SBA Administrator Urges Expansion of Lending Program
December 14, 2009 | By Kenneth Dalecki | email@example.com
Small Business Administrator Karen Mills urged Congress to renew and expand SBA lending programs that she says are helping breath new life in the nation's struggling economy.
In a Dec. 14 luncheon speech, Mills said she is hopeful that SBA loan application fees will continue to be waived and that lending levels will increase under legislation pending in Congress.
Mills, a former venture capitalist, Obama presidential transition team member and heir to the Tootsie Roll candy company fortune, noted that stimulus bill money enabled the SBA to lure some 1,200 lending institutions back into lending to small businesses. The funds, which ran out last month, allowed SBA to eliminate loan application fees and boost its guarantees from 70% to 90% of loans approved though some 5,000 lending partners. Guarantees have dropped back to 70% and will stay there unless Congress approves additional funding.
Mills unveiled a program designed to help small business owners rebound from the recession and expand job creation. In partnership with computer manufacturer Dell, the SBA is now hosting an online video series that provides tools and advice for small business owners.
"Some of the best advice a small business owner can get is from other small business owners who've been in their shoes," she said. "This video series brings those real-life experiences together, along with information on other valuable resources and opportunities, in a way that will help other small business owners chart their own path to success."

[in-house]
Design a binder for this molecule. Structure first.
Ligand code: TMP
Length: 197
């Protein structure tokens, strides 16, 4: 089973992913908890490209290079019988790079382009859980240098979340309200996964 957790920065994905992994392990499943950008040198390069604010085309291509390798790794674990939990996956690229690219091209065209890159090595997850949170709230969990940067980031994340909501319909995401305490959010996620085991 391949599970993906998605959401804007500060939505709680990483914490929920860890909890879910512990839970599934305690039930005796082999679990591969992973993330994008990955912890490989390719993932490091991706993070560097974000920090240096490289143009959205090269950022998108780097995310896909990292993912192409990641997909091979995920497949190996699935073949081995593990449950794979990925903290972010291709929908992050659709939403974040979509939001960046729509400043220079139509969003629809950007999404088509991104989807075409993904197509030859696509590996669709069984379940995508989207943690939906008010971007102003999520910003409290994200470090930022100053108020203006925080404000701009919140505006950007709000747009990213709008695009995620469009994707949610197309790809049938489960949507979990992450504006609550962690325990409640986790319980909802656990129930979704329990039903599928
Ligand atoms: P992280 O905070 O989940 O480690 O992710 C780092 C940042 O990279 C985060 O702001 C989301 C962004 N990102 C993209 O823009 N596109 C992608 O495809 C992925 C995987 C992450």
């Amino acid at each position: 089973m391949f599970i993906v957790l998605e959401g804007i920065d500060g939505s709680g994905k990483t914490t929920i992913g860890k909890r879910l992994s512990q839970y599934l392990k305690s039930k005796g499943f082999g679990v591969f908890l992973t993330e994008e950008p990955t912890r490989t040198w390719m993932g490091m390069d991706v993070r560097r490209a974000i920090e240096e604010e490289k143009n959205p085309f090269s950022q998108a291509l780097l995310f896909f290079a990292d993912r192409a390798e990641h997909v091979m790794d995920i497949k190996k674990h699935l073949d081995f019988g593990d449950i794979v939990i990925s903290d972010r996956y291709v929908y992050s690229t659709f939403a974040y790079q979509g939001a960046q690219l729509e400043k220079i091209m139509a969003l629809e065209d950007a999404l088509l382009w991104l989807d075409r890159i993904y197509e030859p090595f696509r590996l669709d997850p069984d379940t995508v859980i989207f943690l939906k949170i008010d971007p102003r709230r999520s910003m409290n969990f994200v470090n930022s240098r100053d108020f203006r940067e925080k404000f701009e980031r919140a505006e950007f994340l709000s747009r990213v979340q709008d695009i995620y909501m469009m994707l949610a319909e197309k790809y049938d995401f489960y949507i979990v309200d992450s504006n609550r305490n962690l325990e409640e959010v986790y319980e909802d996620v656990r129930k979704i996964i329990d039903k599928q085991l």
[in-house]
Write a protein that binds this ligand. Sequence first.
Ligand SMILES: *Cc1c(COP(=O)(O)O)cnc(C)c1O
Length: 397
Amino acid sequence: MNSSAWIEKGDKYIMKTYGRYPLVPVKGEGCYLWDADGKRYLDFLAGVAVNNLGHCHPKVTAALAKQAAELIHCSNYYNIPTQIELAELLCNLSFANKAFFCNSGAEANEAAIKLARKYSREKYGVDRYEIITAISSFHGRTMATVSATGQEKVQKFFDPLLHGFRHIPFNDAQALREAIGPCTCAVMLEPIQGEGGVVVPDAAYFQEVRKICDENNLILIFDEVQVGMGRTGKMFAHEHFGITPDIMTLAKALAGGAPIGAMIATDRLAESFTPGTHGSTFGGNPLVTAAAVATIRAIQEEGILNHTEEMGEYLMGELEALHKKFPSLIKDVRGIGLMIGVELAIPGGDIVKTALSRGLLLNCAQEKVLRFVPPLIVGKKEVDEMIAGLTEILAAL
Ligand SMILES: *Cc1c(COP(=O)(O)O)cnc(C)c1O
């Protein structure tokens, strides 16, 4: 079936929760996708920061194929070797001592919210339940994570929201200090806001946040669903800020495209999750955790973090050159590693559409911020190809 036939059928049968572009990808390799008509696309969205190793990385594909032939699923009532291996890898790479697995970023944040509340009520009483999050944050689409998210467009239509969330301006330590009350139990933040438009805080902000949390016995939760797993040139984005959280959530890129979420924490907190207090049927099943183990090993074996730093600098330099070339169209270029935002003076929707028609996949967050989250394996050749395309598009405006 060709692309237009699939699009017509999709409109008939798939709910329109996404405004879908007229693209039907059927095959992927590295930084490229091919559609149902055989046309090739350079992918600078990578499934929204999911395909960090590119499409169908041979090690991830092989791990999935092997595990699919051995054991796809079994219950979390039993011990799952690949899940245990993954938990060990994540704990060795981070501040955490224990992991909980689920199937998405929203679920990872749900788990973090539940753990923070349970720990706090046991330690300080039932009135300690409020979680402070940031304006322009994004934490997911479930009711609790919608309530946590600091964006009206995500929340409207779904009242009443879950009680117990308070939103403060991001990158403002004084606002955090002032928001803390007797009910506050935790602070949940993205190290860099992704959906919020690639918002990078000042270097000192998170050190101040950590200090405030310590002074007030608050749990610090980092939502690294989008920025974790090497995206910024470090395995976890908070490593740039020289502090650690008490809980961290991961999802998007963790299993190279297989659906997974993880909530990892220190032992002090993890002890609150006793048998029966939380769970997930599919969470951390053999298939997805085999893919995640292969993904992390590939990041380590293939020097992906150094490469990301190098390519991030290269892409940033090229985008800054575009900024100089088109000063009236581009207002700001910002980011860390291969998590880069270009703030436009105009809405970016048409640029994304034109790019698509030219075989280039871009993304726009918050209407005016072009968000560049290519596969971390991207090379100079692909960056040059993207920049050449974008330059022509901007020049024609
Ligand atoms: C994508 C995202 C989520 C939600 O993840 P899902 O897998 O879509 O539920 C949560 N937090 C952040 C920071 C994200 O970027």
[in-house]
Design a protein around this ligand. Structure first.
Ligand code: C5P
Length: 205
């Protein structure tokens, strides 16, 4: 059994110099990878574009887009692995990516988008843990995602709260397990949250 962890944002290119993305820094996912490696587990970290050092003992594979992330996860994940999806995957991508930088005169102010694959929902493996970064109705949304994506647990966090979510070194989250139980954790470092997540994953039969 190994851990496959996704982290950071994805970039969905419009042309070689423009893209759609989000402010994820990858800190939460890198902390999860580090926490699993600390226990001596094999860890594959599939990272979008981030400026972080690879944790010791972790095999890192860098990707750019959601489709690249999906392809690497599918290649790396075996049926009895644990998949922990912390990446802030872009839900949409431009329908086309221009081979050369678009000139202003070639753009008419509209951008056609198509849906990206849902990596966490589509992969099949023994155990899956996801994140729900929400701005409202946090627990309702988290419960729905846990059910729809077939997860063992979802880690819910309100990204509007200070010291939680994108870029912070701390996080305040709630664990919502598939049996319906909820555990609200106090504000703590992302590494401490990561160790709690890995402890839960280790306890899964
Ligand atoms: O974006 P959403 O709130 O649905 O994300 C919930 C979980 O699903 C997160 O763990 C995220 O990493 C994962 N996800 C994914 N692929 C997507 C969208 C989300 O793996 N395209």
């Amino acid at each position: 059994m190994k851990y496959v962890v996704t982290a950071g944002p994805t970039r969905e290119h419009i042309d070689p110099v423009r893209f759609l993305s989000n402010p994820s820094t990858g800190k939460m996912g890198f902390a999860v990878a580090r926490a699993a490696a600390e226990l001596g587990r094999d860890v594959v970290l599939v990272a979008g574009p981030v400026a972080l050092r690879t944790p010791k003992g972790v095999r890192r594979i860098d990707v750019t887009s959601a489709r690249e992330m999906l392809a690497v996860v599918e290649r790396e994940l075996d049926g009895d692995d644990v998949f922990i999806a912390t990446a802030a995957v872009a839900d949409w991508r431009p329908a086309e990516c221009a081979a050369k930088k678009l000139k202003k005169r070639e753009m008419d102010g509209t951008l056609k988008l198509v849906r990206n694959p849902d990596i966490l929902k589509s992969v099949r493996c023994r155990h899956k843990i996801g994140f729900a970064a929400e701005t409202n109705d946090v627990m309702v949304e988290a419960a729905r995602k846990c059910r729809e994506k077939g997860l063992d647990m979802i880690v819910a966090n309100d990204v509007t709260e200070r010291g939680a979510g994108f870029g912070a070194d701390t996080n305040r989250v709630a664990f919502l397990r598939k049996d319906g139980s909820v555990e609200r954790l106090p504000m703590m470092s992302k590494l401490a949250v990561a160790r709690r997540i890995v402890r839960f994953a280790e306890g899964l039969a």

Mills said SBA has leveraged $375 million in stimulus money into $16 billion in small business loans by underwriting private lender loans. Government contracts under the stimulus package have channeled $5 billion to small businesses. SBA manages a portfolio totaling $90 billion in loans through private lenders.
SBA could greatly expand its services if Congress goes along with its request for hiking the size of loans it can guarantee from a maximum of $2 million to a new level of $5 million, Mills said. She also called for tax incentives such as tax breaks for new hires and a continuation of write-offs for loses going back five years.
Mills said SBA will continue to create regional innovation clusters such as a boat-building cluster in Maine that uses composite materials and a robotics cluster in Detroit that uses auto manufacturing techniques for new products such as unmanned vehicles for the U.S. military.
Mills echoed President Obama's urging of big banks to lend more aggressively to boost the economy. "Many good companies can't get loans," she said, even though their credit scores are better than for prior loans. She said her agency will put special emphasis on helping small businesses owned by women, minorities and veterans.